Meta disables Russian propaganda network targeting Europe - worldsnews
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Meta disables Russian propaganda network targeting Europe

According to Meta on Tuesday, a vast misinformation network with its roots in Russia attempted to promote Kremlin talking points regarding the invasion of Ukraine using hundreds of phony social media accounts and dozens of fake news websites.

The business, which owns Facebook and Instagram, claimed to have discovered and stopped the operation before it could amass a sizable following. Facebook nonetheless claimed that it was the biggest and most intricate Russian propaganda operation it has discovered since the invasion started.

More than 60 websites, including The Guardian newspaper in the UK and Der Spiegel in Germany, were used in the operation, all of which were designed to look like reputable news websites. The bogus websites, however, linked to Russian misinformation and propaganda about Ukraine rather than the news that those sources really covered. The misinformation was sent to audiences in Germany, Italy, France, the United Kingdom, and Ukraine via more than 1,600 fictitious Facebook pages.

The results emphasized both the danger that misinformation continues to pose and the promise made by social media firms to monitor their websites.

One of the false news items, titled "Video: False Staging in Bucha Revealed!" accused Ukraine of ordering the killing of hundreds of Ukrainians in a Russian-occupied town.

On platforms including Facebook and Instagram, as well as Telegram and Twitter, links to the false news articles and other pro-Russian messages and videos were subsequently disseminated via the bogus social media accounts. The network was operating all summer long.

According to David Agranovich, head of threat disruption at Meta, "the operation's material was occasionally enhanced by the official Facebook accounts of Russian embassies in Europe and Asia." Since the start of the war in Ukraine earlier this year, "I believe this is arguably the largest and most intricate Russian-origin effort that we've destroyed."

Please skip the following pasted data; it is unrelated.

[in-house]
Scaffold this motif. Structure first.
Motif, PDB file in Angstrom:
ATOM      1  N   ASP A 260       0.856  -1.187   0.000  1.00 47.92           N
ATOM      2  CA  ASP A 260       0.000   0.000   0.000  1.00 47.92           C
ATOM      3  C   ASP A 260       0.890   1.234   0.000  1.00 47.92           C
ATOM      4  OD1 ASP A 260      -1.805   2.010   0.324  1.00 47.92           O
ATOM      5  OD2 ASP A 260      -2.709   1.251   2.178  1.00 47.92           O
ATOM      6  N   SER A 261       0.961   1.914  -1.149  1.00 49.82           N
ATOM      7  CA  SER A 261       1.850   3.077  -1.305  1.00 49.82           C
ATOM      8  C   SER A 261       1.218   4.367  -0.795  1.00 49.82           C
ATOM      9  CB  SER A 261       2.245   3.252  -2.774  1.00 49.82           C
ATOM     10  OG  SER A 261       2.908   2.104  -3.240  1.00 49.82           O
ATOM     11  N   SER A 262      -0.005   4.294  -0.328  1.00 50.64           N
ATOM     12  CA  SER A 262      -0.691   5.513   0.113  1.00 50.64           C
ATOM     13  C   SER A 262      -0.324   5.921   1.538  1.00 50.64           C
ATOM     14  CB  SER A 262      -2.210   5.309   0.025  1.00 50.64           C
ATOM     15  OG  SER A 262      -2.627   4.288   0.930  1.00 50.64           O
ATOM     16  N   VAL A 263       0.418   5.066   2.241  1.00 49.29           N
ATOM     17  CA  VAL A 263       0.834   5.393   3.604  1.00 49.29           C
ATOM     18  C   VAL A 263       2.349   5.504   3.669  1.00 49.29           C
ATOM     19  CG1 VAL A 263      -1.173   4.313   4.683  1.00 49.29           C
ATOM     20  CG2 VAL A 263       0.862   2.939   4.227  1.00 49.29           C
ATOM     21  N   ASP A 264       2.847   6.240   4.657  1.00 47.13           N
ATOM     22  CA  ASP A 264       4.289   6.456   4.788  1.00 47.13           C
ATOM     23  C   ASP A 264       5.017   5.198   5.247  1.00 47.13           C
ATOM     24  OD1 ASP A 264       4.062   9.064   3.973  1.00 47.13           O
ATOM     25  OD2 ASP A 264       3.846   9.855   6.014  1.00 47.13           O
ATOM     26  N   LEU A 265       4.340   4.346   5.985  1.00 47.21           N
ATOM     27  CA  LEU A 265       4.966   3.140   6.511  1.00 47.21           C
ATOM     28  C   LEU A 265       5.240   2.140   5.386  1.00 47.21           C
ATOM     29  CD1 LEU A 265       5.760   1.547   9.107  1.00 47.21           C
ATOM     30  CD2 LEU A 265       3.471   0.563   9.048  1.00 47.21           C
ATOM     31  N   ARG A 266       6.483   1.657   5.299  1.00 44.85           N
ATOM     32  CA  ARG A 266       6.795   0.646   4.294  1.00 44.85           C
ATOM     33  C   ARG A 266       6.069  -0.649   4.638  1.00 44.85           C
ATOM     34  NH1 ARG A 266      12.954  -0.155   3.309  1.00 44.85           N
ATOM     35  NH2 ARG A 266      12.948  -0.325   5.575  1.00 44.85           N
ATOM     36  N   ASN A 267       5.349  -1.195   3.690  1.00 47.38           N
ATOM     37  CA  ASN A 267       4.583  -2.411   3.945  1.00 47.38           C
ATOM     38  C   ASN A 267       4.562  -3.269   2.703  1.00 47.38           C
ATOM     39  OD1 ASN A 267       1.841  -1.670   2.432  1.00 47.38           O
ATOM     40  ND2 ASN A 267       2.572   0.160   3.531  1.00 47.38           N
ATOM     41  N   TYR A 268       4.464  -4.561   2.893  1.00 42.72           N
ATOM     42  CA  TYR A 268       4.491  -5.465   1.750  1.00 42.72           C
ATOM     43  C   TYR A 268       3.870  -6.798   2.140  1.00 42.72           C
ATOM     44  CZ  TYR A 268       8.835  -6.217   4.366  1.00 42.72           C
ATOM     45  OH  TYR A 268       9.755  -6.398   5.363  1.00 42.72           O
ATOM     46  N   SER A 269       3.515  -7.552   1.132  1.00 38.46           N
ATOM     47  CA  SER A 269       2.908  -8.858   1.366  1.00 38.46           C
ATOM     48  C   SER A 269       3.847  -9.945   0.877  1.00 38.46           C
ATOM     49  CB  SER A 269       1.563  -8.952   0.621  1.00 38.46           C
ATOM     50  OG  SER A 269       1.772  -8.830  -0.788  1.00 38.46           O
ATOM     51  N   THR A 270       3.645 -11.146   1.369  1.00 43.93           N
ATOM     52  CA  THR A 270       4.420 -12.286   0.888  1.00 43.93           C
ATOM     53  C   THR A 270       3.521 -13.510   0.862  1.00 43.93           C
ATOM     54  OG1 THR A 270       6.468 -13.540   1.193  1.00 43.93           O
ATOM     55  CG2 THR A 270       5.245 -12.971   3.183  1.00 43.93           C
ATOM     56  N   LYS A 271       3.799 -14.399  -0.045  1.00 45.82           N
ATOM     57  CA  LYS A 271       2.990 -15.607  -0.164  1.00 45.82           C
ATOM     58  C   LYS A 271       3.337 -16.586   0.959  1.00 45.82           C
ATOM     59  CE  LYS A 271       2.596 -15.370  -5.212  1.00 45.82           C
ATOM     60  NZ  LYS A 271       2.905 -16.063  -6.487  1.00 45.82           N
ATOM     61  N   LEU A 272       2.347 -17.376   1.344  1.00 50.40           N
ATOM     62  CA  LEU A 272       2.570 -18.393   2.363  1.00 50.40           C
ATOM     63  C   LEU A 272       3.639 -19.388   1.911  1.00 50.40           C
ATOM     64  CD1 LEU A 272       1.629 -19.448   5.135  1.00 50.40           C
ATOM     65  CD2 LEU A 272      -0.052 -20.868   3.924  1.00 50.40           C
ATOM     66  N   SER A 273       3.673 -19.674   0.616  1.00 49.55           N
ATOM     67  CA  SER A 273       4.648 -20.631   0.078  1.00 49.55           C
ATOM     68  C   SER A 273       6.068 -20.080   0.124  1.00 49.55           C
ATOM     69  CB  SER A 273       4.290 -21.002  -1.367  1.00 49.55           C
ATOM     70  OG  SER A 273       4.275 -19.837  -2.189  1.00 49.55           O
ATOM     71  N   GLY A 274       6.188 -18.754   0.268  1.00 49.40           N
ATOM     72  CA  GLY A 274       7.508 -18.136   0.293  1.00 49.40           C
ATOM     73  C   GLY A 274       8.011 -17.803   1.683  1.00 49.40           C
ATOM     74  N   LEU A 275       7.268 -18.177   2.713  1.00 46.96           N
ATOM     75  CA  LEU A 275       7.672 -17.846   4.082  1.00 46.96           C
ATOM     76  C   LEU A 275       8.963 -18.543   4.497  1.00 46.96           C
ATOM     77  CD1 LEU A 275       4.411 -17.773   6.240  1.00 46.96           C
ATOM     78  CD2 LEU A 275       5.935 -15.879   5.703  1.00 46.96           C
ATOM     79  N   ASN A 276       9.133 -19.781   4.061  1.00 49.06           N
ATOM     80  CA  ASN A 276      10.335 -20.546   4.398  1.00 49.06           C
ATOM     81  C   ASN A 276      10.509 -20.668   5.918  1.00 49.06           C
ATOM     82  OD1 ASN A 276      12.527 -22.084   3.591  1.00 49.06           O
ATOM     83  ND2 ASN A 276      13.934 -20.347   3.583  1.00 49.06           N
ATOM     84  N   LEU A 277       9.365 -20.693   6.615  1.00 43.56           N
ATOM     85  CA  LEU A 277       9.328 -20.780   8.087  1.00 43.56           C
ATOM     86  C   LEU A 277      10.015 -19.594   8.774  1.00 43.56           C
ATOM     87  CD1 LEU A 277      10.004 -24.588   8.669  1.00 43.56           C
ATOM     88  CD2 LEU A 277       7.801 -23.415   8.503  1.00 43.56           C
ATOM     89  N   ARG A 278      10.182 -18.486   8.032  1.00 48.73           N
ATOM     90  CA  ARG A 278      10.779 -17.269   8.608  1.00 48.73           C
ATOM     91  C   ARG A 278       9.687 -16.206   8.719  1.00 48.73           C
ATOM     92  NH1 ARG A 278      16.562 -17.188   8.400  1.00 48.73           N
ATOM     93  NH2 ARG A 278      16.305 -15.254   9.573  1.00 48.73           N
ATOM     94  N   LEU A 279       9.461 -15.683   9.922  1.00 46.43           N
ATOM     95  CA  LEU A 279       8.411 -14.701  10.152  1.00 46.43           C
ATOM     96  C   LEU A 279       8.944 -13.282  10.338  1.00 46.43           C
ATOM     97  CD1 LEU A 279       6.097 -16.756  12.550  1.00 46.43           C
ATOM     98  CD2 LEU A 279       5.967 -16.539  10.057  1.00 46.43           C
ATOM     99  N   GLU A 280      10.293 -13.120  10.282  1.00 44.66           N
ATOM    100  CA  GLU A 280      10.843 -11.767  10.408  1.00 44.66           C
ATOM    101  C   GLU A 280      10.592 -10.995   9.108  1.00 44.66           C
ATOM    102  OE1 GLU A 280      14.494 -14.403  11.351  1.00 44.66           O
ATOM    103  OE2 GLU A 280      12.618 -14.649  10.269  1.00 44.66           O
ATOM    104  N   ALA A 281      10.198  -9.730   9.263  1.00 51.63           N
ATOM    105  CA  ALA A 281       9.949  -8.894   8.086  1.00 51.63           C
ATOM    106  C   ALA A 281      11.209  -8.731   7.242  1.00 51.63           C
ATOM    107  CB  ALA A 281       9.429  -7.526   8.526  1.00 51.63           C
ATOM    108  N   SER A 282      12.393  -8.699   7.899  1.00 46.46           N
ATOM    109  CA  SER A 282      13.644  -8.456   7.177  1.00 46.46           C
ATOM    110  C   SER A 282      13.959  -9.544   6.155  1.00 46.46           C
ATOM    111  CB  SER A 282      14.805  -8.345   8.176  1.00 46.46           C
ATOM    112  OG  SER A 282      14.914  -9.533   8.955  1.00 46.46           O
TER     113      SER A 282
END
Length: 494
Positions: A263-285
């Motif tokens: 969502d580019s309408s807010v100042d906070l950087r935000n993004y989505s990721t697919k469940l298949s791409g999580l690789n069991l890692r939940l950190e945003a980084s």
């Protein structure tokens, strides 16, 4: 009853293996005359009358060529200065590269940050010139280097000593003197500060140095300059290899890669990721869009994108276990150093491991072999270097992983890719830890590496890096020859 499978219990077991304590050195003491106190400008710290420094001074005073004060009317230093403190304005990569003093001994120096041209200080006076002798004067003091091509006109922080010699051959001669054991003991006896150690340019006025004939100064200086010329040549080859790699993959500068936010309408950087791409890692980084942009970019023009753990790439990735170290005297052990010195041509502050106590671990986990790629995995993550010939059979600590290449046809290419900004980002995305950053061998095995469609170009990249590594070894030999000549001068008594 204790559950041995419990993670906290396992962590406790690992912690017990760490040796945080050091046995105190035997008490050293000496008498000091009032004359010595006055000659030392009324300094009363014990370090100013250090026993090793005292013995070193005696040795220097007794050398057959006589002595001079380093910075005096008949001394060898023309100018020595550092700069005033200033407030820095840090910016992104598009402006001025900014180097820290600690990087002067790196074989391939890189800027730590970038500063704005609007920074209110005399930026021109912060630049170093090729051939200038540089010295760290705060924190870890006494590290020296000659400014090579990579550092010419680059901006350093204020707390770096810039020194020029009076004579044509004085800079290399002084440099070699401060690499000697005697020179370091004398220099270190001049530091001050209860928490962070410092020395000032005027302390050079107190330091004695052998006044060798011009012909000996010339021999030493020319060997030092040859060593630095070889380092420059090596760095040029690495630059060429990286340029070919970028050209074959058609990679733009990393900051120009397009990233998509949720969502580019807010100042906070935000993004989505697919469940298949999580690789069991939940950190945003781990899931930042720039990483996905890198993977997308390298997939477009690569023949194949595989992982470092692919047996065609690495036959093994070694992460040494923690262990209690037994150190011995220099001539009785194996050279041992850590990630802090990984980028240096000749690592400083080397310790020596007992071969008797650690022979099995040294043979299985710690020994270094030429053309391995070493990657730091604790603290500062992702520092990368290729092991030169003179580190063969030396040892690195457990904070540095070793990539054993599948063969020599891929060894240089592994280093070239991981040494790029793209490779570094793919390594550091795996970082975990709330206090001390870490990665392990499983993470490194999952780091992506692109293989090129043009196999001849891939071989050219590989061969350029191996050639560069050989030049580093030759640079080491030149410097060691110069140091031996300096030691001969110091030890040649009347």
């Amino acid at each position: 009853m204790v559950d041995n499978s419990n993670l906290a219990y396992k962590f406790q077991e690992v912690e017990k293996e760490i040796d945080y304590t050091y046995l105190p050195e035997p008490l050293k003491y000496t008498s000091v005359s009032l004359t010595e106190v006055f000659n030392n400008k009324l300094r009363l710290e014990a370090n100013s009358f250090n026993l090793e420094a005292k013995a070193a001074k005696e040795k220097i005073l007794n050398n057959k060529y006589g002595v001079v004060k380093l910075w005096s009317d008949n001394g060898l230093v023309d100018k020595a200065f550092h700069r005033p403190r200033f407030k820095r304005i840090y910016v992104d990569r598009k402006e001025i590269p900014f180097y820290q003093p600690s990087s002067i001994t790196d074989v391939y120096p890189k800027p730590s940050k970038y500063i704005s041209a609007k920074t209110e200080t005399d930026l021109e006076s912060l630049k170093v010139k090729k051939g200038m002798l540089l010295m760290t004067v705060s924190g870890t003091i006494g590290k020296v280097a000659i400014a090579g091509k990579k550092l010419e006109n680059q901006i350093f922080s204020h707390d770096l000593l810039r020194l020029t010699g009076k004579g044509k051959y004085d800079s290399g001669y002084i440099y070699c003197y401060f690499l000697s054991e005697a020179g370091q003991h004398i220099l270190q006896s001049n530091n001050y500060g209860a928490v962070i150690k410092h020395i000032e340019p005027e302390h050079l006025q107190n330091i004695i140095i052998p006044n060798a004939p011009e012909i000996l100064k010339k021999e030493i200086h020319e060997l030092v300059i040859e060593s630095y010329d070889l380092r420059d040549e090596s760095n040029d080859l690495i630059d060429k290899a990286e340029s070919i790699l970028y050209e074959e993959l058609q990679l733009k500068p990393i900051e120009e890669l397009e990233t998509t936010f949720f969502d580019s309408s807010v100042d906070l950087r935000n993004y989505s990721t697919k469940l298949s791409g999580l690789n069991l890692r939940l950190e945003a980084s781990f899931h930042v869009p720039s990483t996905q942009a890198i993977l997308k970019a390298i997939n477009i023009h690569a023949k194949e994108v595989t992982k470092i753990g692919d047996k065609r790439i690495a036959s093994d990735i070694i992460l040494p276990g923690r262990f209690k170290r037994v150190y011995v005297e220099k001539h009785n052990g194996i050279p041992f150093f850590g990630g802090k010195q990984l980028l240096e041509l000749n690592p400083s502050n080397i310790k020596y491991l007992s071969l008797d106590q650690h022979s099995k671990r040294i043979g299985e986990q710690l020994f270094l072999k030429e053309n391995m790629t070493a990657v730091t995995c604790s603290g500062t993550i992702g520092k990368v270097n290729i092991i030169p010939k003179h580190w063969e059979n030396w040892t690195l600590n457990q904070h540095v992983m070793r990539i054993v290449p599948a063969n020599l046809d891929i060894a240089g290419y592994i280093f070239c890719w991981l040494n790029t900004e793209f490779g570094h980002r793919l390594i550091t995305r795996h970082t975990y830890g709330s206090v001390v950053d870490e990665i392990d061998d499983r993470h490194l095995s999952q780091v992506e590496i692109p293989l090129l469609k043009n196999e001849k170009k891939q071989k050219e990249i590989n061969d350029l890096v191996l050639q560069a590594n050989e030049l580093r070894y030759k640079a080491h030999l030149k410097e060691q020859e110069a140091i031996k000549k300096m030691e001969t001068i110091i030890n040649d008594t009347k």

Investigative journalists in Germany were the first to become aware of the network's operations. When Meta first started looking into the matter, it discovered that Facebook's automatic algorithms had already eliminated a large number of the fraudulent accounts. When the network's Facebook pages were shut earlier this year, thousands of people were following them.

The network couldn't be immediately linked to the Russian government, according to researchers. The operation, according to Agranovich, used some advanced strategies, including the use of different languages and skillfully designed impostor websites, and he emphasized the role performed by Russian officials.

The Kremlin has utilized internet misinformation and conspiracy theories from the start of the conflict in February in an effort to undermine international support for Ukraine. Russian government-affiliated organizations have claimed that Ukraine staged assaults, blamed the conflict on unfounded claims that the United States was developing bioweapons, and painted Ukrainian refugees as violent criminals and rapists.

The Kremlin's propaganda and misinformation have been resisted by social media platforms and European governments only to see Russia change its strategy.

The Russian Embassy in Washington, D.C., was contacted over Meta's recent activities, but did not respond right away.

The Menlo Park, California-based Meta Platforms Inc.'s researchers also discovered a much smaller network that had its roots in China and tried to promote polarizing political information in the United States.

With some postings obtaining only one engagement, the operation barely reached a small U.S. audience. The postings also made some basic English language errors and a tendency of posting during Chinese business hours, which revealed they weren't American.

Despite being ineffectual, the network is noteworthy since Meta recognized it as the first to have sent political messages to Americans in advance of this year's midterm elections. Despite without endorsing any one party, the Chinese messages appeared to be trying to create division.

Ben Nimmo, who oversees global threat intelligence for Meta, said that even though the Chinese misinformation campaign failed, it was significant because it represented a change in strategy.